Having a god inside you to keep you warm is one thing. Waking on boxing day to a roaring fire while nestled in expensive blankets is something else all together. I can hear the city and rest of the hotel distantly below us, enough to know the rush of Boxing Day has begun and I slept in for the first time in weeks. I’m warm and content, lying in the bed like a lounging cat and it feels good up until I recall why I haven’t been able to sleep in lately.
Nothing. The penthouse we’re renting – or that Jay acquired through manipulating bindings – is large, but not that large. I pull myself out of the bed, throwing on a robe and slippers and pad out of the main bedroom. The living area is large and sumptuous, looking like a middle-class wet dream of understated elegance that screams its elegance. Not a single piece of Ikea in sight, but a lot of antiques and gently modern furniture. There is, however, no sign of Jay at all, and he’s not sleeping in either of the other three bedrooms. I wouldn’t have put it past him to try every other bedroom during the night just because he could.
I finally find the note on a yellow post-it Jay put on the coffee maker, written in his childish scrawl: ‘Out Doing GOOD :)’. I read it twice, then decide not to turn on the tv or listen for sirens, instead spending five minutes figuring out the easiest way to use a one-button coffee machine to give me coffee with two creams and sugars. The coffee does turn out to be nice, and I drink two cups and ring reception for breakfast.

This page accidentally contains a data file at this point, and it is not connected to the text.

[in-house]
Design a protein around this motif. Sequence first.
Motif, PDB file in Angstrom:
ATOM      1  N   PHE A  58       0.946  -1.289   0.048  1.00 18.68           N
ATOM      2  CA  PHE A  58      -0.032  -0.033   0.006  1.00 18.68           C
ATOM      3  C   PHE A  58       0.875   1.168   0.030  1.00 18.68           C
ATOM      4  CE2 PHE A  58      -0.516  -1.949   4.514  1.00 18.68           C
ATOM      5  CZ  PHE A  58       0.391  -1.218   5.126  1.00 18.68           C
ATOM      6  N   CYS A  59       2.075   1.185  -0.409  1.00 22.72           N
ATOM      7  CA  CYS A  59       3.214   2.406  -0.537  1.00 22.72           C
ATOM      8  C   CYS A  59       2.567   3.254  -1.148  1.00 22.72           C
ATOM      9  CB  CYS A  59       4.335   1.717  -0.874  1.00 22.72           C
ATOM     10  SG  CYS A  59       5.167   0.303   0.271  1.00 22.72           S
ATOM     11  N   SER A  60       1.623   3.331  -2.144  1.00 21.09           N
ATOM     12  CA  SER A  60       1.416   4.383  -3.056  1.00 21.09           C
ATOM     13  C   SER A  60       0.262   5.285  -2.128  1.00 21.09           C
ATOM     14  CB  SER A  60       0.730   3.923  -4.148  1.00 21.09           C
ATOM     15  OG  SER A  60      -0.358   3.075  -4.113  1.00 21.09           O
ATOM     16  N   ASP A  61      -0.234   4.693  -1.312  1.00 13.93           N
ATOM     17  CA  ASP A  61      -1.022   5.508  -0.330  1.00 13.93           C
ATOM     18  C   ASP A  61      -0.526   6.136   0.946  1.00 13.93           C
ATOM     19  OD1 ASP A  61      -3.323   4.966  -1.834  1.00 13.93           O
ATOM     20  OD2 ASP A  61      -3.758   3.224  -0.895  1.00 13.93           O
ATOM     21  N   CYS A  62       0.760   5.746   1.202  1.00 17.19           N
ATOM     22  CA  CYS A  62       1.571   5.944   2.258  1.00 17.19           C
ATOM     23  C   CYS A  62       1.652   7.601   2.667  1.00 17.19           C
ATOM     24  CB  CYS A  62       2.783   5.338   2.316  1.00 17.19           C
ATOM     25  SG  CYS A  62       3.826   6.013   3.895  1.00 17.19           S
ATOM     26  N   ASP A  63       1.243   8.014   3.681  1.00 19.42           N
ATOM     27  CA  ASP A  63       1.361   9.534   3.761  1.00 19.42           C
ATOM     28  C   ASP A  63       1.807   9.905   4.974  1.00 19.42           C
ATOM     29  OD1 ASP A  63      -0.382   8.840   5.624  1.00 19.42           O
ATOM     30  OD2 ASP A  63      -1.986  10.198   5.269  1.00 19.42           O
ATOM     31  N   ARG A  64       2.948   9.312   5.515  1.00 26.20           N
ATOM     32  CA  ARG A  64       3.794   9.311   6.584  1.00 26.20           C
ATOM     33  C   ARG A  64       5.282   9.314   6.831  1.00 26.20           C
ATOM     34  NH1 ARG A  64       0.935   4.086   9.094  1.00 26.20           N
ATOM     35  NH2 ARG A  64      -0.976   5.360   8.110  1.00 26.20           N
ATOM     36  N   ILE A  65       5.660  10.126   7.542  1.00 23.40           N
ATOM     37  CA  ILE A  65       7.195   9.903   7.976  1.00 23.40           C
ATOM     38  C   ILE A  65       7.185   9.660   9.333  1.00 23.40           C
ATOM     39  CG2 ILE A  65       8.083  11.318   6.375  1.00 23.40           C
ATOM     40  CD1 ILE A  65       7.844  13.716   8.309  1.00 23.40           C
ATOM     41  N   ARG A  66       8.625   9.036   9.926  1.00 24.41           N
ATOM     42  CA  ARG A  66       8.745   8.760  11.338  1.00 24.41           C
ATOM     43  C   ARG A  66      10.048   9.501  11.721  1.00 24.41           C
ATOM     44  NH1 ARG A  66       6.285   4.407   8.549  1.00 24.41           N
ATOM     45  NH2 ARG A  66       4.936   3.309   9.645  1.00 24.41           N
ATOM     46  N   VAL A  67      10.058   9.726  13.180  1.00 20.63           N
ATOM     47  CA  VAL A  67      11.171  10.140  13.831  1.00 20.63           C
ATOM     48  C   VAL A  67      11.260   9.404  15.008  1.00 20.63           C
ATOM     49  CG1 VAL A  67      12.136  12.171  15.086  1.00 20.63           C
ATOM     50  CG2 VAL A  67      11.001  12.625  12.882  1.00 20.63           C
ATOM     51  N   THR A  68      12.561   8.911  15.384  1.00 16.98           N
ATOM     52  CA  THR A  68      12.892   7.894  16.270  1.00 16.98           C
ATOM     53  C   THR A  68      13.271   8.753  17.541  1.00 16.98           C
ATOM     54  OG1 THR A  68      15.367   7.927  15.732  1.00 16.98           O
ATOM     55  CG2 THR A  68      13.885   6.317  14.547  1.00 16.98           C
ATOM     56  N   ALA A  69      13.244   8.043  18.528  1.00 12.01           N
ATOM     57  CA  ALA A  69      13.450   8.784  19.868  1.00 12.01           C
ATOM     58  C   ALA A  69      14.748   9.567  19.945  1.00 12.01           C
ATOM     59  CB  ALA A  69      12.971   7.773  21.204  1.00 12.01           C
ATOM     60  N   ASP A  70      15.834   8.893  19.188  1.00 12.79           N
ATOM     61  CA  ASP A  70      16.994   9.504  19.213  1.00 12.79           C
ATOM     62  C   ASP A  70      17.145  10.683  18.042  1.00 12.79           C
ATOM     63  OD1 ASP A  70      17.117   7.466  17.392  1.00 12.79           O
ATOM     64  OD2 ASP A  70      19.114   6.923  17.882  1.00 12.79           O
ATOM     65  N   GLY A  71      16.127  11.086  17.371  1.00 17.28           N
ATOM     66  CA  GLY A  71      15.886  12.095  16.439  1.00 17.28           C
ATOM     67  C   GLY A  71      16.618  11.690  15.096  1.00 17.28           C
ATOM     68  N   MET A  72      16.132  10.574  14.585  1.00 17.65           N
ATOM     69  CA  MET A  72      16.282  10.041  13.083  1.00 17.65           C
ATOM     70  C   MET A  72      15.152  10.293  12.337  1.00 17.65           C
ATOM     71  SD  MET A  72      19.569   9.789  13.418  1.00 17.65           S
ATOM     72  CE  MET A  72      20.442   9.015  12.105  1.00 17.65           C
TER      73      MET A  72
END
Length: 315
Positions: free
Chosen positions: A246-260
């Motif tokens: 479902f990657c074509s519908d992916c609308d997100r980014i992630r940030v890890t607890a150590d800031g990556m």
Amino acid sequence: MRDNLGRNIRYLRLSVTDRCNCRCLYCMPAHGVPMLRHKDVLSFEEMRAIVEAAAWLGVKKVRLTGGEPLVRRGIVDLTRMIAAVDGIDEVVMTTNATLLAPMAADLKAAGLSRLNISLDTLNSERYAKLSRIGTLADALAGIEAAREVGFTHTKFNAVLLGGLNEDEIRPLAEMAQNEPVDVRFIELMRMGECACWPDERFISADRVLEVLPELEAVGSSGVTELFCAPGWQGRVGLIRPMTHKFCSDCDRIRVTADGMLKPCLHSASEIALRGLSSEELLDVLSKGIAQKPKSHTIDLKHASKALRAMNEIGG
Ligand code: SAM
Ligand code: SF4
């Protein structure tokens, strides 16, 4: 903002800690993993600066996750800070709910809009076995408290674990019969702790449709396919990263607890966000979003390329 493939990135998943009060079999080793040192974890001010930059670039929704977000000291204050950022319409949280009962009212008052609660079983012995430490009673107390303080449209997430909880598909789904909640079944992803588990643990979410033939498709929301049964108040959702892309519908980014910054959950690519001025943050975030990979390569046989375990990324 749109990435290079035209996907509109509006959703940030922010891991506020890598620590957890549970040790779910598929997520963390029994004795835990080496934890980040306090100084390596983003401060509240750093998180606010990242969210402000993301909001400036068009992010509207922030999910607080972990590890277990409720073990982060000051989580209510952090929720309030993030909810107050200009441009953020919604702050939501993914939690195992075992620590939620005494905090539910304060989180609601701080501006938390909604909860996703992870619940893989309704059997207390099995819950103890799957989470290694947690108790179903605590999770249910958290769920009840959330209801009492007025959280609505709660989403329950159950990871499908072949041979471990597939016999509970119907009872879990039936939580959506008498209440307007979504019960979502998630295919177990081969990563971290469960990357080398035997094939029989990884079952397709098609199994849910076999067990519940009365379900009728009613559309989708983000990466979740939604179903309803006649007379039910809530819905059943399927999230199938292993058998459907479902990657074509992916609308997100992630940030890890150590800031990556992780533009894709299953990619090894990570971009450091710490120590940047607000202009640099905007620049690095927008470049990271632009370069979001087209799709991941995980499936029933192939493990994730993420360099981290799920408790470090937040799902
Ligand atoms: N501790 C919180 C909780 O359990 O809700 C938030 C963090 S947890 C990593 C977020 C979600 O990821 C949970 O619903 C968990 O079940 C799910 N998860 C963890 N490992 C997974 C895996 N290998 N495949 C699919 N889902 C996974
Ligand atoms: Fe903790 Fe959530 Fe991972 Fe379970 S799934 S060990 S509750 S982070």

Breakfast is hand-delivered by one of the chefs, who doesn’t bat an eye at me. I definitely don’t look like I belong in a hotel penthouse: there’s still enough goth-punk to me to be noticed, I’m not exactly ordinary at all – the god burning in the back of my eyes at least not visible often in the mornings – and he could well expect both breakfasts to be for me, which definitely doesn't fit the penthouse image. It does turn out to be at least five kinds of toast and eggs, sides of fruits and cheese and fluffy french toast that looks like it might be a crime to actually eat.
The penthouse fridge has four kinds of orange juice, fresh apple juice (as of yesterday) from four kinds of apples as options; I snag orange juice, pour two glasses, put the plates on the table and wait. Jay pokes his head out of one of the bedrooms in under thirty seconds. He looks to be a human kid of about ten and would be unremarkable as that save for his white cane and the dark glasses over his eyes; he wears the glasses almost all the time, since his eyes look very odd, but doesn’t bother with the cane when it’s just us.